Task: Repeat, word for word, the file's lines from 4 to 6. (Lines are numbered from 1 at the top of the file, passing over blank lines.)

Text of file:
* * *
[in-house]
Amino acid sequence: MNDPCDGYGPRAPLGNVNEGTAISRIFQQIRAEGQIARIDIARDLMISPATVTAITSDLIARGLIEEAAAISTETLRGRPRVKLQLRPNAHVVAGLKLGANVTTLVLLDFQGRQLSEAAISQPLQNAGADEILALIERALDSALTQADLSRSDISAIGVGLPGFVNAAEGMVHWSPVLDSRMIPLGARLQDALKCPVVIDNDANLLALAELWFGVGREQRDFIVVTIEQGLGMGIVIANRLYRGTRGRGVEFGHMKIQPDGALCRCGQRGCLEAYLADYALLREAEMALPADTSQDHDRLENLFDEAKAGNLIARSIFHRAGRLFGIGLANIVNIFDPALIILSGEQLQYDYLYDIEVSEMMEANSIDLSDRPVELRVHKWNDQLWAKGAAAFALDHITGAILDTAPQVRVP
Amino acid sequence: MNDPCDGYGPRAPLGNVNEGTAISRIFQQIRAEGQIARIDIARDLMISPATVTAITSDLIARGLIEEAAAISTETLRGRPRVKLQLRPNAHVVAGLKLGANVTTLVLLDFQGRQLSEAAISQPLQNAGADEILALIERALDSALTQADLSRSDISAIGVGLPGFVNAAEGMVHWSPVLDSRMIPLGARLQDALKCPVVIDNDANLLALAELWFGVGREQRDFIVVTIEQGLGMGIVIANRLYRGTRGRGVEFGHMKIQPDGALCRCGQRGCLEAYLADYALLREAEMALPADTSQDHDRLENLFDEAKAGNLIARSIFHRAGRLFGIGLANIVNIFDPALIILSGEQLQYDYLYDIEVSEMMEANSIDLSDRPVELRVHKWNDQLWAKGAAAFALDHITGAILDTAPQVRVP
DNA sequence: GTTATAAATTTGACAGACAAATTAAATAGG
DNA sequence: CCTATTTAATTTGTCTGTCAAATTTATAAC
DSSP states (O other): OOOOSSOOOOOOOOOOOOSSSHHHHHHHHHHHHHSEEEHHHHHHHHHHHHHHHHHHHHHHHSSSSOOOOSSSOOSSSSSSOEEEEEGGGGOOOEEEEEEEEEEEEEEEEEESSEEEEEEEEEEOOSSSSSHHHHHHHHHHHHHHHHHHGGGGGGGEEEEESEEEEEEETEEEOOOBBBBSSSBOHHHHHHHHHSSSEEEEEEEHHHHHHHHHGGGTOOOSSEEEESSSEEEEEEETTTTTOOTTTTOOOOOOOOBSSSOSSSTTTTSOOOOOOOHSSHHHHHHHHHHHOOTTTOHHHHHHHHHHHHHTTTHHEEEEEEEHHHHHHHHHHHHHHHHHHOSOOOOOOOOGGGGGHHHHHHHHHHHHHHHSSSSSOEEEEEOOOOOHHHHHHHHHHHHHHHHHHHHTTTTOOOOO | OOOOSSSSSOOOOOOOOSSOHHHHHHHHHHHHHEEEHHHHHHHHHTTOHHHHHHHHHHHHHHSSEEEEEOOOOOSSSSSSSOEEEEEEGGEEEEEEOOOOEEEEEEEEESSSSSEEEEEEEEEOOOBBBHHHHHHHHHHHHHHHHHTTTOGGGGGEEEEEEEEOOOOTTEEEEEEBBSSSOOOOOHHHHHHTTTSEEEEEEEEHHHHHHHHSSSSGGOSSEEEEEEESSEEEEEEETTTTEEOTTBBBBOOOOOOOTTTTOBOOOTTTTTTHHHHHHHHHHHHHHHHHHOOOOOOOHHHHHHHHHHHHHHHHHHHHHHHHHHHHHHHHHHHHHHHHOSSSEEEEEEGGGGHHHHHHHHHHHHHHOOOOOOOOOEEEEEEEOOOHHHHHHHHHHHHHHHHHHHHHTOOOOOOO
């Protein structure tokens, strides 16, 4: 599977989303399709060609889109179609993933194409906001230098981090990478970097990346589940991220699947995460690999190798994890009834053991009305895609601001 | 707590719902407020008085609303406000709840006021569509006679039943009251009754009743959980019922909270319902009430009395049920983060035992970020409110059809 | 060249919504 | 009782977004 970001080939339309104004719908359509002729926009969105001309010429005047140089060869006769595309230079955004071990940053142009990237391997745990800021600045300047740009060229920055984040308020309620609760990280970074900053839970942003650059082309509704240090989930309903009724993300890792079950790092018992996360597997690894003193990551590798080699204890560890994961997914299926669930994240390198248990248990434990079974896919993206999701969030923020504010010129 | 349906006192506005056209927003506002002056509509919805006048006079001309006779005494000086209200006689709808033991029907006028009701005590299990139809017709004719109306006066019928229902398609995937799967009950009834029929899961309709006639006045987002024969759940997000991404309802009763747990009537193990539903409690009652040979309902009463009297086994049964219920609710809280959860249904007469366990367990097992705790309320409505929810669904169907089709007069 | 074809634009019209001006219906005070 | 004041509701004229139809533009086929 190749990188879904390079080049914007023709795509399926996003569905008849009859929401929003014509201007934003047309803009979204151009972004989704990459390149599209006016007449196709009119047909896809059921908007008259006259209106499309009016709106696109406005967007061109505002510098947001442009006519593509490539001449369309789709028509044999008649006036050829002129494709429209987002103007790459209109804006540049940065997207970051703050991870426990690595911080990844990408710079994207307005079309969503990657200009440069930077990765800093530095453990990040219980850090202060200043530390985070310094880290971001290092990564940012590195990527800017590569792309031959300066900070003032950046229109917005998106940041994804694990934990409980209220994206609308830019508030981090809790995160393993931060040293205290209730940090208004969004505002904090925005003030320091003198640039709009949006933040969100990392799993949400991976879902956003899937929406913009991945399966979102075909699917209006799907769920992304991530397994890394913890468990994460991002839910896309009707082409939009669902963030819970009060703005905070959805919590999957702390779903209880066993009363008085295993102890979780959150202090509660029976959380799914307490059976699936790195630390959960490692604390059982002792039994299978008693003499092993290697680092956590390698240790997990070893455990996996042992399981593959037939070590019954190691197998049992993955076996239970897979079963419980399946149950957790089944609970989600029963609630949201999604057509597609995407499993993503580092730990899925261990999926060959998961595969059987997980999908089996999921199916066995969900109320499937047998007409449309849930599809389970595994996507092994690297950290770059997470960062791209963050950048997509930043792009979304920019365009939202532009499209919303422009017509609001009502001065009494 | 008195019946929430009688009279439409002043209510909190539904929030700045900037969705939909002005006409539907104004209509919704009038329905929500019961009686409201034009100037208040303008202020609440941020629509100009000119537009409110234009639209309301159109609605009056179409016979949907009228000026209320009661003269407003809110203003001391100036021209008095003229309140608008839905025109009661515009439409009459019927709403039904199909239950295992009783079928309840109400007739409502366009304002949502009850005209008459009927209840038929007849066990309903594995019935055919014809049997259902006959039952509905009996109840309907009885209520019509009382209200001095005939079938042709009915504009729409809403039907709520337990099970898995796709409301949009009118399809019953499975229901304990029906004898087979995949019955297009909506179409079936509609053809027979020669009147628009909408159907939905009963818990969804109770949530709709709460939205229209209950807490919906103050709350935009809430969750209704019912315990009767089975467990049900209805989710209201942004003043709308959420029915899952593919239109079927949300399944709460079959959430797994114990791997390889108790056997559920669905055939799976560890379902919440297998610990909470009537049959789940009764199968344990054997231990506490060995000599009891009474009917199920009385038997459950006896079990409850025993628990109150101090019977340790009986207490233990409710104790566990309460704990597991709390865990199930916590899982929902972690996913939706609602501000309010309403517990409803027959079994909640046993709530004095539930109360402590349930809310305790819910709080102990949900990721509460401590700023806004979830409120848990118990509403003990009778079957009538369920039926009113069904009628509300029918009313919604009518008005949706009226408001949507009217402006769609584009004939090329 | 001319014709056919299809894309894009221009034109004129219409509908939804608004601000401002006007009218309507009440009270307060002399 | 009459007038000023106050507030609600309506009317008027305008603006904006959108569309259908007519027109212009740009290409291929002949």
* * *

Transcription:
DNA sequence: GTTATAAATTTGACAGACAAATTAAATAGG
DNA sequence: CCTATTTAATTTGTCTGTCAAATTTATAAC
DSSP states (O other): OOOOSSOOOOOOOOOOOOSSSHHHHHHHHHHHHHSEEEHHHHHHHHHHHHHHHHHHHHHHHSSSSOOOOSSSOOSSSSSSOEEEEEGGGGOOOEEEEEEEEEEEEEEEEEESSEEEEEEEEEEOOSSSSSHHHHHHHHHHHHHHHHHHGGGGGGGEEEEESEEEEEEETEEEOOOBBBBSSSBOHHHHHHHHHSSSEEEEEEEHHHHHHHHHGGGTOOOSSEEEESSSEEEEEEETTTTTOOTTTTOOOOOOOOBSSSOSSSTTTTSOOOOOOOHSSHHHHHHHHHHHOOTTTOHHHHHHHHHHHHHTTTHHEEEEEEEHHHHHHHHHHHHHHHHHHOSOOOOOOOOGGGGGHHHHHHHHHHHHHHHSSSSSOEEEEEOOOOOHHHHHHHHHHHHHHHHHHHHTTTTOOOOO | OOOOSSSSSOOOOOOOOSSOHHHHHHHHHHHHHEEEHHHHHHHHHTTOHHHHHHHHHHHHHHSSEEEEEOOOOOSSSSSSSOEEEEEEGGEEEEEEOOOOEEEEEEEEESSSSSEEEEEEEEEOOOBBBHHHHHHHHHHHHHHHHHTTTOGGGGGEEEEEEEEOOOOTTEEEEEEBBSSSOOOOOHHHHHHTTTSEEEEEEEEHHHHHHHHSSSSGGOSSEEEEEEESSEEEEEEETTTTEEOTTBBBBOOOOOOOTTTTOBOOOTTTTTTHHHHHHHHHHHHHHHHHHOOOOOOOHHHHHHHHHHHHHHHHHHHHHHHHHHHHHHHHHHHHHHHHOSSSEEEEEEGGGGHHHHHHHHHHHHHHOOOOOOOOOEEEEEEEOOOHHHHHHHHHHHHHHHHHHHHHTOOOOOOO